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Cape Canaveral, FL (Florida Today) -- Twin NASA spacecraft will crashdeliberately into a mountain on the moon today, ending a successfulmission that is shedding light on the evolution of the solar system'sterrestrial planets.

Each about the sizeof compact washing machines, the Ebb and Flow spacecraft are low onfuel, and they've finished a $496 million mission aimed at making themost accurate gravitational map of the moon to date.

Sothe spacecraft will be directed on a shallow dive into a mile-highmountain near the moon's north pole - a controlled crash-landing thatwill occur in the lunar night.

Expected velocity at impact is 3,760 mph. But don't expect anything dramatic here on Earth.

"Weare not expecting a big splash or a big explosion, OK?" said MariaZuber, a professor of geophysics at Massachusetts Institute ofTechnology and the mission's principal scientific investigator.

"These are two small spacecraft ... with empty fuel tanks. So we are not expecting a flash that is visible from Earth."

NASA'sLunar Reconnaissance Orbiter will zoom over the crash site not longafter impact, but no imagery is expected because the mountainous regionwill be in shadow at the time.

Still, it will be a destructive end to NASA's Gravity Recovery and Interior Laboratory, or GRAIL, mission.

"It'sgoing to make a crater on the moon, and they are going to be completelyblown apart at the time," said GRAIL project manager David Lehman ofNASA's Jet Propulsion Laboratory in Pasadena, Calif.

You wouldn't want to be standing at the crash site.

"It would be like a washing machine coming in and landing on you, and it would be a very bad day for you," Lehman said.

TheEbb and Flow spacecraft blasted off on Sept. 10, 2011, aboard a UnitedLaunch Alliance Delta II rocket at Cape Canaveral Air Force Station'sComplex 17.

It wasan era-ending finale for the venerable Delta II, a workhorse rocketdesigned and developed after the 1986 Challenger accident to fly NavstarGlobal Positioning System (GPS) spacecraft into orbit. The GRAIL twinsarrived in lunar orbit three months later - on Dec. 31, 2011, and Jan.1, 2012.

Flying in formation, they zoomed around the moon at an altitude of34 miles and trained scientific instruments on its surface, making thehighest-fidelity gravitational maps of any rocky body in the solarsystem - including Earth.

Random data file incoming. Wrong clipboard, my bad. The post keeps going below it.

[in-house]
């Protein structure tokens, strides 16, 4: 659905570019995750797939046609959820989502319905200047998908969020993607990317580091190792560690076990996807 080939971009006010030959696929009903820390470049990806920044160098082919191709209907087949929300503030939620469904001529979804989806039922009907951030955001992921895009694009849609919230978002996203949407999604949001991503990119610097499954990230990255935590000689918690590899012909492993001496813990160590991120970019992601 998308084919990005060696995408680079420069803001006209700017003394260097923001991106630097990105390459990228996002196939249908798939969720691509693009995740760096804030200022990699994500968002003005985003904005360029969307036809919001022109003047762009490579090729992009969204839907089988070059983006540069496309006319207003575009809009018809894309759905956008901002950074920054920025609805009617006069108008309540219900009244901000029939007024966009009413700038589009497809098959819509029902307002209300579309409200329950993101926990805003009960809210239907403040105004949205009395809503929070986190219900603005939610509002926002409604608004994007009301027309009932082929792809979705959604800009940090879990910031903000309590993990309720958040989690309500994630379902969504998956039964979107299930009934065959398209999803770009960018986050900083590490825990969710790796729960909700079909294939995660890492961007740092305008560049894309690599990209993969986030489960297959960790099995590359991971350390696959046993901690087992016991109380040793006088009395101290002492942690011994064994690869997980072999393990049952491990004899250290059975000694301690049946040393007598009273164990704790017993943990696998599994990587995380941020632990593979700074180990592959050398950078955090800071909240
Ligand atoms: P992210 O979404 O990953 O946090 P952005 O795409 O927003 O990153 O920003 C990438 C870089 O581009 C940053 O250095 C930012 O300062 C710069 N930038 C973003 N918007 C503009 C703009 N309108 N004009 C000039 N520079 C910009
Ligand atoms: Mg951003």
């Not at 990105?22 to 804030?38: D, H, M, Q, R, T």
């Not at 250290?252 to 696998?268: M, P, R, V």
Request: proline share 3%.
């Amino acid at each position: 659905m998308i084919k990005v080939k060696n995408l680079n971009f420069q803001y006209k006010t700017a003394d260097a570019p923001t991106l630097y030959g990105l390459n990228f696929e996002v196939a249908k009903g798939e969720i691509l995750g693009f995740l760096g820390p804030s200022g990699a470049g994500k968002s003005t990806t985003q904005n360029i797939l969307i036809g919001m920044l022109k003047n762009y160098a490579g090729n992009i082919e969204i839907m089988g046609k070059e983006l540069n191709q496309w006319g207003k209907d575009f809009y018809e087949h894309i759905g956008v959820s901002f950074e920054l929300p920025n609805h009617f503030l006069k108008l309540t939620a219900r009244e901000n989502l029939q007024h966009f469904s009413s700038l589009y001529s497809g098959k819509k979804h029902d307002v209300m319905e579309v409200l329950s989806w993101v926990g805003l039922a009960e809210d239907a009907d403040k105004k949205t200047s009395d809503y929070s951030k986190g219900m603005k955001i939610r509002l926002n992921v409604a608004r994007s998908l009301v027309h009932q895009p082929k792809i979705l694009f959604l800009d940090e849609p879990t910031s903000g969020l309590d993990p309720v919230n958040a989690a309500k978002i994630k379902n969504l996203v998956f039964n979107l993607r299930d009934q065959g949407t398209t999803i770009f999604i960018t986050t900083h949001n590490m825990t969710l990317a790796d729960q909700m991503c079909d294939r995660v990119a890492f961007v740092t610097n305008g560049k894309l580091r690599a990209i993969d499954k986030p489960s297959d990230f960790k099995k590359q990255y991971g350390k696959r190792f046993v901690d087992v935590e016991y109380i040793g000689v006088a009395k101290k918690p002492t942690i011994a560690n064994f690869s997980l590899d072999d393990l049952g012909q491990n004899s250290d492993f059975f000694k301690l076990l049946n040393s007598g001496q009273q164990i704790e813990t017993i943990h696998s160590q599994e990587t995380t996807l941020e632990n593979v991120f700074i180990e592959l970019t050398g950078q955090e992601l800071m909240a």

Data from the spacecraft show the lunar crust is much thinner than scientists had believed before.

What'smore, the lunar surface - which has been bombarded by asteroids andcomets for billions of years - is much more pulverized than previouslythought.

"What wefound is just how broken up and fractured the crust of the moon is,"Zuber said. "There is evidence that fracturing extends maybe severaltens of kilometers into the upper mantle."

Andthat finding could go a long way toward explaining one of the greatmysteries of the solar system - where all the water that once was awashon the surface of Mars might have gone.

"Allplanetary crusts have been bombarded in a similar way. Earth has ...Marshas. With Mars, there's a lot of questions about where did the waterthat we think was on the surface of Mars go," Zuber said.

"Well,if a planetary crust is that fractured, these fractures provide apathway deep inside the planet, and it's very easy to envision now how apossible ocean at its surface could have found its way deep into thecrust of a planet."

One other key finding relates to the origin of the moon - where it came from; how it was created.

Zuber said instruments on GRAIL determined that the amount of aluminum in the crusts of the moon and Earth are nearly equal.

"Andthat observation provides additional support for the theory that themoon formed by a giant impact of a Mars-sized body into Earth," shesaid.

Bottom line: the moon is a chip off the old block.

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